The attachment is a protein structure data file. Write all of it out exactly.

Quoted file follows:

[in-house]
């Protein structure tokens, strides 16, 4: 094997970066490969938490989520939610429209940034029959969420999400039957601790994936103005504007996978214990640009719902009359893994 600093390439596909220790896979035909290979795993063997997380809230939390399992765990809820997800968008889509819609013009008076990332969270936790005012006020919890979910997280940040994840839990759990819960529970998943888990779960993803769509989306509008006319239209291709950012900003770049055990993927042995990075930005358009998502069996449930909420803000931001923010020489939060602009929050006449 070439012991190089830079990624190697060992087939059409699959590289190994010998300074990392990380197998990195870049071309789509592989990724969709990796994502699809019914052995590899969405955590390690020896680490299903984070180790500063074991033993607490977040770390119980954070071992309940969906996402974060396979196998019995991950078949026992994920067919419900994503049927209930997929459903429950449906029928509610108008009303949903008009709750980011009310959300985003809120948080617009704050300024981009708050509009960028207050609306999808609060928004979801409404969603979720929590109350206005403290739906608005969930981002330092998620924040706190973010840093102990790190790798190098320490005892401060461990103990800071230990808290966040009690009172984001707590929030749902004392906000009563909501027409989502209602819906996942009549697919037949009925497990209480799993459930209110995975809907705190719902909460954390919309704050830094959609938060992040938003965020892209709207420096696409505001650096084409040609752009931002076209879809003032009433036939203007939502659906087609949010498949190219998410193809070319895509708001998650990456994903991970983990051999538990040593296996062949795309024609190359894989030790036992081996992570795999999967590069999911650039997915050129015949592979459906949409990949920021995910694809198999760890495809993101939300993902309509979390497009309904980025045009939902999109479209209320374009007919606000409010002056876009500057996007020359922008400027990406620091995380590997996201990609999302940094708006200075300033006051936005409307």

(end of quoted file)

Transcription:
[in-house]
């Protein structure tokens, strides 16, 4: 094997970066490969938490989520939610429209940034029959969420999400039957601790994936103005504007996978214990640009719902009359893994 600093390439596909220790896979035909290979795993063997997380809230939390399992765990809820997800968008889509819609013009008076990332969270936790005012006020919890979910997280940040994840839990759990819960529970998943888990779960993803769509989306509008006319239209291709950012900003770049055990993927042995990075930005358009998502069996449930909420803000931001923010020489939060602009929050006449 070439012991190089830079990624190697060992087939059409699959590289190994010998300074990392990380197998990195870049071309789509592989990724969709990796994502699809019914052995590899969405955590390690020896680490299903984070180790500063074991033993607490977040770390119980954070071992309940969906996402974060396979196998019995991950078949026992994920067919419900994503049927209930997929459903429950449906029928509610108008009303949903008009709750980011009310959300985003809120948080617009704050300024981009708050509009960028207050609306999808609060928004979801409404969603979720929590109350206005403290739906608005969930981002330092998620924040706190973010840093102990790190790798190098320490005892401060461990103990800071230990808290966040009690009172984001707590929030749902004392906000009563909501027409989502209602819906996942009549697919037949009925497990209480799993459930209110995975809907705190719902909460954390919309704050830094959609938060992040938003965020892209709207420096696409505001650096084409040609752009931002076209879809003032009433036939203007939502659906087609949010498949190219998410193809070319895509708001998650990456994903991970983990051999538990040593296996062949795309024609190359894989030790036992081996992570795999999967590069999911650039997915050129015949592979459906949409990949920021995910694809198999760890495809993101939300993902309509979390497009309904980025045009939902999109479209209320374009007919606000409010002056876009500057996007020359922008400027990406620091995380590997996201990609999302940094708006200075300033006051936005409307």